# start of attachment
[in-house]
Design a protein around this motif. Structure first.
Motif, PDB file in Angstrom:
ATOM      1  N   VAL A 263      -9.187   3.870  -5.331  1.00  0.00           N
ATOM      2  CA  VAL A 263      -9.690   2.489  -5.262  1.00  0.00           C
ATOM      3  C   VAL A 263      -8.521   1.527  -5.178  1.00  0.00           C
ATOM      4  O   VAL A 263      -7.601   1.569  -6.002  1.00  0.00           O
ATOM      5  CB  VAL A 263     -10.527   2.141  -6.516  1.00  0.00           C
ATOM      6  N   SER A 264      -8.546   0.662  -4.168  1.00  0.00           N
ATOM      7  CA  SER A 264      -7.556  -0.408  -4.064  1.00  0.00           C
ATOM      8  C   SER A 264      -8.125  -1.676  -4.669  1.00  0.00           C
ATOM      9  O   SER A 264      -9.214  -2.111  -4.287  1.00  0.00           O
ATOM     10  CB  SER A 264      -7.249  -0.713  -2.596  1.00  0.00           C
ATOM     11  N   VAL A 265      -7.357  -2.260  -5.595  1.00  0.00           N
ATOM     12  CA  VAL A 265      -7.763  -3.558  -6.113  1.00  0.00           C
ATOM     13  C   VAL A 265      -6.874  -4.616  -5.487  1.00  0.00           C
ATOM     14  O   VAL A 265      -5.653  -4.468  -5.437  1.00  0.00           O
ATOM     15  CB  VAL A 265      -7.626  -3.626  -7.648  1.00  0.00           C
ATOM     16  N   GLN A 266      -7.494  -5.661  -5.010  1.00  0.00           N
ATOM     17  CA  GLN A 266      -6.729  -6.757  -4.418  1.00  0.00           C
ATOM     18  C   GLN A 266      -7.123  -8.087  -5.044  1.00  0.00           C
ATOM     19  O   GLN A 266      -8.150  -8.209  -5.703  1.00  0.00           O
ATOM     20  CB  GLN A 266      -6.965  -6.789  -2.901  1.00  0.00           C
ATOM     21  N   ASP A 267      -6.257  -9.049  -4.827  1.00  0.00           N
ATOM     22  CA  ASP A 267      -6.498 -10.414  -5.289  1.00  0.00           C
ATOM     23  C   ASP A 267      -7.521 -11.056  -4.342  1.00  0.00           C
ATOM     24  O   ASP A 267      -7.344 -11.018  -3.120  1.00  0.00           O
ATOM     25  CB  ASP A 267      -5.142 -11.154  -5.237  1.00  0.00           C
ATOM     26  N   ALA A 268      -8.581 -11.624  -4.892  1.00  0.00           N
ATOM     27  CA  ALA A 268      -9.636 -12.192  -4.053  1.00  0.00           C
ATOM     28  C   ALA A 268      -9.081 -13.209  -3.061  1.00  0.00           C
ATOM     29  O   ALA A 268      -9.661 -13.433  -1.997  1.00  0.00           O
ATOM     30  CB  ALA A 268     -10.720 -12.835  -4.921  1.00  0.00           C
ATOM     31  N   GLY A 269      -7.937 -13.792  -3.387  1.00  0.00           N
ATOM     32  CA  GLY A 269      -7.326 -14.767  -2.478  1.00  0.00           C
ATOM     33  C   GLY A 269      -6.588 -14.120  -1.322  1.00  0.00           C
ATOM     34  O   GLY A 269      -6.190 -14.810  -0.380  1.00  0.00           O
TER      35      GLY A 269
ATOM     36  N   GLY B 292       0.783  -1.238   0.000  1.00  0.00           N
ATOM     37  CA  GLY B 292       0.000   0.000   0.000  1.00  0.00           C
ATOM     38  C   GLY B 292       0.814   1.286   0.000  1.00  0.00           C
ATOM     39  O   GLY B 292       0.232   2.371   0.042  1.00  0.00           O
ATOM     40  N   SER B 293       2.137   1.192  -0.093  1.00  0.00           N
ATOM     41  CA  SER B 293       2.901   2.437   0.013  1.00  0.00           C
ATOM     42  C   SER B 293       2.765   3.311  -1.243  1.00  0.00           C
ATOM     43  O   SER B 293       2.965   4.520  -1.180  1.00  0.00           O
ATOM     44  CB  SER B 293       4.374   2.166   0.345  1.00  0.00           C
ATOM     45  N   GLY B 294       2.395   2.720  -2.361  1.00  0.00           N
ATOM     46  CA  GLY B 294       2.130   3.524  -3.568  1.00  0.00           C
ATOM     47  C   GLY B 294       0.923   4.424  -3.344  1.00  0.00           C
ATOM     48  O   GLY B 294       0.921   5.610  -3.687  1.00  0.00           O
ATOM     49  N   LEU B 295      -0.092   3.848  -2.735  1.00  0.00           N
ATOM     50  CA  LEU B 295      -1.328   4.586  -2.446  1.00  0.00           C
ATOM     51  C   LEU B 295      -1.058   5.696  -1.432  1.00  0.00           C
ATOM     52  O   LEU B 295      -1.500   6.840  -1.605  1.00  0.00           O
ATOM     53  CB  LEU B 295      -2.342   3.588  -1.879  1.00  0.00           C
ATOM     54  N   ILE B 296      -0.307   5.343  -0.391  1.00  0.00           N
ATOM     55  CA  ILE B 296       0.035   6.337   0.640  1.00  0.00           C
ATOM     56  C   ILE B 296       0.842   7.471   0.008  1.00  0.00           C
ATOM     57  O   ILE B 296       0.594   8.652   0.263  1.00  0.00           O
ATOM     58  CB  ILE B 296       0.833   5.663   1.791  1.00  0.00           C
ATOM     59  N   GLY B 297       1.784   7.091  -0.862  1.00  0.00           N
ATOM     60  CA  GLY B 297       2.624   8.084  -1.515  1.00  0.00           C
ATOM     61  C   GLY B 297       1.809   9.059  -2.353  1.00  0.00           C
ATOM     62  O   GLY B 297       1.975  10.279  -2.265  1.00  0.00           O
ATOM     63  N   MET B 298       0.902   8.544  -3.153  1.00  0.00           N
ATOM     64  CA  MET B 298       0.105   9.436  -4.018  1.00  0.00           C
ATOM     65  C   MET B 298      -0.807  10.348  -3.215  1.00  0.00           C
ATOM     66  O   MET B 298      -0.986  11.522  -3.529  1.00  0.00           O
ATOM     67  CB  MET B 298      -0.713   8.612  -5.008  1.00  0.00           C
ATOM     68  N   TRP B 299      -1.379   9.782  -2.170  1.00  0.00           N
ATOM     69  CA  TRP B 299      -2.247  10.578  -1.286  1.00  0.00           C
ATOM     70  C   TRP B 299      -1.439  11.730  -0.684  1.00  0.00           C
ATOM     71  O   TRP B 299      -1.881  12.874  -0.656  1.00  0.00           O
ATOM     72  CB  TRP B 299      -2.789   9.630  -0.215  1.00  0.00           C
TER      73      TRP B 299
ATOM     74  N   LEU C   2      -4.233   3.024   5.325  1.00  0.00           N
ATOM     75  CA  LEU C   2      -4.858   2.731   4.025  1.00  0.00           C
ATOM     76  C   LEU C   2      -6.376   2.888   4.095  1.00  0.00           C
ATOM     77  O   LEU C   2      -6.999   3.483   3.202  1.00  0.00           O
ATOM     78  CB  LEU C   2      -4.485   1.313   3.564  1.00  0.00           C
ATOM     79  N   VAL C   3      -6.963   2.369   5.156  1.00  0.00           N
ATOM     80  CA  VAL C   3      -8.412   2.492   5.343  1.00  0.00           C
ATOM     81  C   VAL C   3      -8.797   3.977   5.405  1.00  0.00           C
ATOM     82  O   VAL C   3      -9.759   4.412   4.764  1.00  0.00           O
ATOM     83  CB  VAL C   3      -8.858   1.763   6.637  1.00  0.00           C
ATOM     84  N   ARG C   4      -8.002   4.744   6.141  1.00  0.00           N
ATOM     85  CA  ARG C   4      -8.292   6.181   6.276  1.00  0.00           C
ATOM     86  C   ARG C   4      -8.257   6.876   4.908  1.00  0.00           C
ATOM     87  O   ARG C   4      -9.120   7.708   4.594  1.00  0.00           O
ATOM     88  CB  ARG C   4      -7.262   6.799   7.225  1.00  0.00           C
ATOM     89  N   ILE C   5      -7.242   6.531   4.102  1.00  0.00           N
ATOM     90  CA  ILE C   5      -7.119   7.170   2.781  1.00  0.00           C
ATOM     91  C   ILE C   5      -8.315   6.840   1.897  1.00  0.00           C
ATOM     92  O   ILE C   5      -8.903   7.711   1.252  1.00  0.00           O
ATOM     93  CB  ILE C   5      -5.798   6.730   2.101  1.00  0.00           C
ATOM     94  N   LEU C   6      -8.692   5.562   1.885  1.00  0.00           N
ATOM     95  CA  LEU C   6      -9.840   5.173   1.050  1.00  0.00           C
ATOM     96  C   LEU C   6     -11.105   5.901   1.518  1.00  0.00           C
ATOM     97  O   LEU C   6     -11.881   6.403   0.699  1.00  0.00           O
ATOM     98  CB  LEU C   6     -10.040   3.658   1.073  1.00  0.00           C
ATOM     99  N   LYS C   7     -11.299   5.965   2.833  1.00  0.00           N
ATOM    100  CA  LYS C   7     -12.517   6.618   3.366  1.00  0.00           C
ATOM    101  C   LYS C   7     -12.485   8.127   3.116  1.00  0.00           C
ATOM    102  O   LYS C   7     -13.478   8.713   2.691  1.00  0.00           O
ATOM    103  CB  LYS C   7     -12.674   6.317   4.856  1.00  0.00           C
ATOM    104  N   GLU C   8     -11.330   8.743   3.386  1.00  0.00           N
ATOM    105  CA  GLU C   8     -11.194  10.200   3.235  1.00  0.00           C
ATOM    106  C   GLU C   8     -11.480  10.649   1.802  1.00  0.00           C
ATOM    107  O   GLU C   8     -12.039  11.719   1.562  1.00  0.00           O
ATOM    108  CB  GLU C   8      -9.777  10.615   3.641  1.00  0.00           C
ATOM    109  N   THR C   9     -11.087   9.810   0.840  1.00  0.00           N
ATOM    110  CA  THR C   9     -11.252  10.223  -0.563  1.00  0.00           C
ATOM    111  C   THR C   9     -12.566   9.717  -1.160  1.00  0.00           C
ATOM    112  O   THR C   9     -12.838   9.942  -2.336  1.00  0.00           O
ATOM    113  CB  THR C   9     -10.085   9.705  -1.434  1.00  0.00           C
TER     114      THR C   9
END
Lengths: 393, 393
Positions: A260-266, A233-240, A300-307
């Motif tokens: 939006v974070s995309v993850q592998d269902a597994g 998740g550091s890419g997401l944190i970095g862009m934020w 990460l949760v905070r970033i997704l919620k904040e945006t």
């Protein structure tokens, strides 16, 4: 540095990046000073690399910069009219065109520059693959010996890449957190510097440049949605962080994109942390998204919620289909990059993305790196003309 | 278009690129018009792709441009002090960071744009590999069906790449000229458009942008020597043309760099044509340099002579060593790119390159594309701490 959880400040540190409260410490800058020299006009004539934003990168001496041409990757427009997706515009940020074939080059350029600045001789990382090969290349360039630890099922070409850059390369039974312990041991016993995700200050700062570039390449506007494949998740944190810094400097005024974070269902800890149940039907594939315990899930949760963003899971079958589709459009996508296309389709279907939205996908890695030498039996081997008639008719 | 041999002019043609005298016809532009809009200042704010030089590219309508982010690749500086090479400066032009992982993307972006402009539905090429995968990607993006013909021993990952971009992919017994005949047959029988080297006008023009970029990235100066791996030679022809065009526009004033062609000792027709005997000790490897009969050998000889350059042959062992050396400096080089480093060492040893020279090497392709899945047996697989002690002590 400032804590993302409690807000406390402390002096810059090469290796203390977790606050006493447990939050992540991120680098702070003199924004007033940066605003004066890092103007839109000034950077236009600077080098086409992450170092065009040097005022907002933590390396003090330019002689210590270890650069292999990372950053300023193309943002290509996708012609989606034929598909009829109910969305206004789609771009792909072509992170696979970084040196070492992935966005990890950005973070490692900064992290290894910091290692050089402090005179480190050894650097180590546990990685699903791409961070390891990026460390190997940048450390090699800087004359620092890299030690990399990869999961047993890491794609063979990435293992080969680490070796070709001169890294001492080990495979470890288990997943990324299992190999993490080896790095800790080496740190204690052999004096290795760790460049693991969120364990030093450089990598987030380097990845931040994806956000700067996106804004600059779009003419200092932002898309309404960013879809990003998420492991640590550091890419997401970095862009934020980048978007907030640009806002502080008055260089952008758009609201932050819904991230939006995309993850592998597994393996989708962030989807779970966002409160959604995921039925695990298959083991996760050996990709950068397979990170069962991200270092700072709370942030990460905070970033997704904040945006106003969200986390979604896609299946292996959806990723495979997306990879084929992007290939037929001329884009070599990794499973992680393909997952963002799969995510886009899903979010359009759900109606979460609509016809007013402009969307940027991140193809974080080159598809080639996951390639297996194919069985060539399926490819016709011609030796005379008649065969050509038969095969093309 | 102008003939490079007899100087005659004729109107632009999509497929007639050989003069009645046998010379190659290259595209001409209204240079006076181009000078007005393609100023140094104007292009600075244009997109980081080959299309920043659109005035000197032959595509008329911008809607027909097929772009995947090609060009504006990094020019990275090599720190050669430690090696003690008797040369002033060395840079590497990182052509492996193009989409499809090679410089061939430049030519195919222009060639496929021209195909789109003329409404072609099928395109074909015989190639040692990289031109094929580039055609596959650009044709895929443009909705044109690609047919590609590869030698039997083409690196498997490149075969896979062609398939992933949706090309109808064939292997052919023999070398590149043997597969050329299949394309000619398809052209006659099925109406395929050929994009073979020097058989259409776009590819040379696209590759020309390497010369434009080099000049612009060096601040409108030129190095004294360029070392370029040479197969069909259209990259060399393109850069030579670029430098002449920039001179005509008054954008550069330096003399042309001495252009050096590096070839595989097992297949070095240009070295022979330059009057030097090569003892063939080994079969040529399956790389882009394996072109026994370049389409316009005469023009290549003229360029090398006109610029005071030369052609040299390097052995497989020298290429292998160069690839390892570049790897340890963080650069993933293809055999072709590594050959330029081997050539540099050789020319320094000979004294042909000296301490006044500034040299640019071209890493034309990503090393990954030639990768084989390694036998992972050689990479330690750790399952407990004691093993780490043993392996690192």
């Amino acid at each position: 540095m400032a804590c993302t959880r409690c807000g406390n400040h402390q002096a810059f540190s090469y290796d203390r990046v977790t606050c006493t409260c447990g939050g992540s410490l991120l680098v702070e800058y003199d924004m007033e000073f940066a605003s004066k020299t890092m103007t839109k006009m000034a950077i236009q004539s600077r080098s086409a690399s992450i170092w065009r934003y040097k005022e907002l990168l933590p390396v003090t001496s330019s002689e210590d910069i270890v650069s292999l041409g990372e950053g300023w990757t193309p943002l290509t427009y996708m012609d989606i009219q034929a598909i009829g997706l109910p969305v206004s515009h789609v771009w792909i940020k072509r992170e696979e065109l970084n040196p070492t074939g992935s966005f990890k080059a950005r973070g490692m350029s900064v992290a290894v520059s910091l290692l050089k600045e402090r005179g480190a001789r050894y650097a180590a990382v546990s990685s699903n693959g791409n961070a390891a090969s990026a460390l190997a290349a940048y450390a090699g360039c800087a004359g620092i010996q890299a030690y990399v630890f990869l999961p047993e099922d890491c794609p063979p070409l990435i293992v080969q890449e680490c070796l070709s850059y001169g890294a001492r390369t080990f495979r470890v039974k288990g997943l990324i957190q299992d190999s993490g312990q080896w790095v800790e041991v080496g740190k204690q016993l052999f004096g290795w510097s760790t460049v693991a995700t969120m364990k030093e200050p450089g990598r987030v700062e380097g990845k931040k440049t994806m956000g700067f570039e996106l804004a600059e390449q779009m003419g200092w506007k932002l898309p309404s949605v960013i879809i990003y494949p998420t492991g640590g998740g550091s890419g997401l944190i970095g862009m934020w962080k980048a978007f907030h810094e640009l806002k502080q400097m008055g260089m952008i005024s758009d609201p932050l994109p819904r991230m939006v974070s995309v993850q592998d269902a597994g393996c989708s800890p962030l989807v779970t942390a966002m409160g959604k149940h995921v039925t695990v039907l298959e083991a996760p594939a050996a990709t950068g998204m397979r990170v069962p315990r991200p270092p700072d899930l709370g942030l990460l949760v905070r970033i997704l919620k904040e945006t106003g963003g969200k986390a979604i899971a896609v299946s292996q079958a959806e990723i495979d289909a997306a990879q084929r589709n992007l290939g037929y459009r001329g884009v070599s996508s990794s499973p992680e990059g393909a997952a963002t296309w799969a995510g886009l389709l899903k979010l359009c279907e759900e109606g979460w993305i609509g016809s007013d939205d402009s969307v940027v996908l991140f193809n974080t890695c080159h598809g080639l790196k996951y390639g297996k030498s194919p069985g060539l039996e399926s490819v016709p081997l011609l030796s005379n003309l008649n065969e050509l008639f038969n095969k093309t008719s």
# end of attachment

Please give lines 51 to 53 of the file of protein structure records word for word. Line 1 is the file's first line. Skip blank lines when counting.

ATOM     48  O   GLY B 294       0.921   5.610  -3.687  1.00  0.00           O
ATOM     49  N   LEU B 295      -0.092   3.848  -2.735  1.00  0.00           N
ATOM     50  CA  LEU B 295      -1.328   4.586  -2.446  1.00  0.00           C